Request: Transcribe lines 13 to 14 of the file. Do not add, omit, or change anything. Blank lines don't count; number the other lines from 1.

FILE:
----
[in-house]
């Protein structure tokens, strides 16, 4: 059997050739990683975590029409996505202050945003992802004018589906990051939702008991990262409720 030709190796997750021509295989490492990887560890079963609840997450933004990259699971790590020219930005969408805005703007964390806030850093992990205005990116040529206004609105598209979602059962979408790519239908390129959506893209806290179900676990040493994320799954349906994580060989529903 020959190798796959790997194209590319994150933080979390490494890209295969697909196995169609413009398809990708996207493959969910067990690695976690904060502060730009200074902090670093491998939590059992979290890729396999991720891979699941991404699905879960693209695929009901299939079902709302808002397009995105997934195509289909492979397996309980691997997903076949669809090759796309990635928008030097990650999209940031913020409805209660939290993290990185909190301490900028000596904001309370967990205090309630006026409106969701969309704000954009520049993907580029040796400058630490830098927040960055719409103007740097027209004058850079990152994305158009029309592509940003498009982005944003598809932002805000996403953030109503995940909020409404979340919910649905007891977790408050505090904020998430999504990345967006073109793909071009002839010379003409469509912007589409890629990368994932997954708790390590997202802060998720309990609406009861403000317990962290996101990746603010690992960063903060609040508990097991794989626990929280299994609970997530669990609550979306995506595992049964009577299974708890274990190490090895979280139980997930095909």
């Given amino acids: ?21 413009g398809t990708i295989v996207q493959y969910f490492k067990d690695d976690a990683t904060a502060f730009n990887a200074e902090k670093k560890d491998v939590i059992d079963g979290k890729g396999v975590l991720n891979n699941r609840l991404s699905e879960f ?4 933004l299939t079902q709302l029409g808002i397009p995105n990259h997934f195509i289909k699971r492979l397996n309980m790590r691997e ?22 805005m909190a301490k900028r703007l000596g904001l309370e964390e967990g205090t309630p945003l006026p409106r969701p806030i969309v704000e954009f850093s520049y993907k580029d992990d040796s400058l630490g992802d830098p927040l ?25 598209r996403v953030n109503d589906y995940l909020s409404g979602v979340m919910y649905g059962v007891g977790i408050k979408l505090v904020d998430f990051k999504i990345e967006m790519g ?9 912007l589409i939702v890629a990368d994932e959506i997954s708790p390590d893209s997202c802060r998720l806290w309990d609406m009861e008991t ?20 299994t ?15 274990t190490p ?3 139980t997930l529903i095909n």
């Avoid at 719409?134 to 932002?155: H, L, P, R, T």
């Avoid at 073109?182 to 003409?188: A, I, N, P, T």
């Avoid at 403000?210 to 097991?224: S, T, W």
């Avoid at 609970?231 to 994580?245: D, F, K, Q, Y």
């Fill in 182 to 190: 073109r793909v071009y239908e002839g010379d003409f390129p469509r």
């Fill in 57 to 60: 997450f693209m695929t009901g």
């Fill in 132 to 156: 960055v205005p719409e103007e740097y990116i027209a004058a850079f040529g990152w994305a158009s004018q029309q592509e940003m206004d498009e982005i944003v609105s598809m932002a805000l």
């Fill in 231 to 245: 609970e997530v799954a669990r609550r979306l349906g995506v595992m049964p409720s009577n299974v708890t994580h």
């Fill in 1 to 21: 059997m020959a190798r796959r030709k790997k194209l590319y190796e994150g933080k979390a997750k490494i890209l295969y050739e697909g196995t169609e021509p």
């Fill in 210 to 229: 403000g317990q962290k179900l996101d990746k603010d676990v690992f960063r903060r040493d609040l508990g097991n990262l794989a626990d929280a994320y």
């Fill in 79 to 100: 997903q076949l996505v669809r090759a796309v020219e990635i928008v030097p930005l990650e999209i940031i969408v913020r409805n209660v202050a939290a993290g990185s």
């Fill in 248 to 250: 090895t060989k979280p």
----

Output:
């Fill in 210 to 229: 403000g317990q962290k179900l996101d990746k603010d676990v690992f960063r903060r040493d609040l508990g097991n990262l794989a626990d929280a994320y």
């Fill in 79 to 100: 997903q076949l996505v669809r090759a796309v020219e990635i928008v030097p930005l990650e999209i940031i969408v913020r409805n209660v202050a939290a993290g990185s």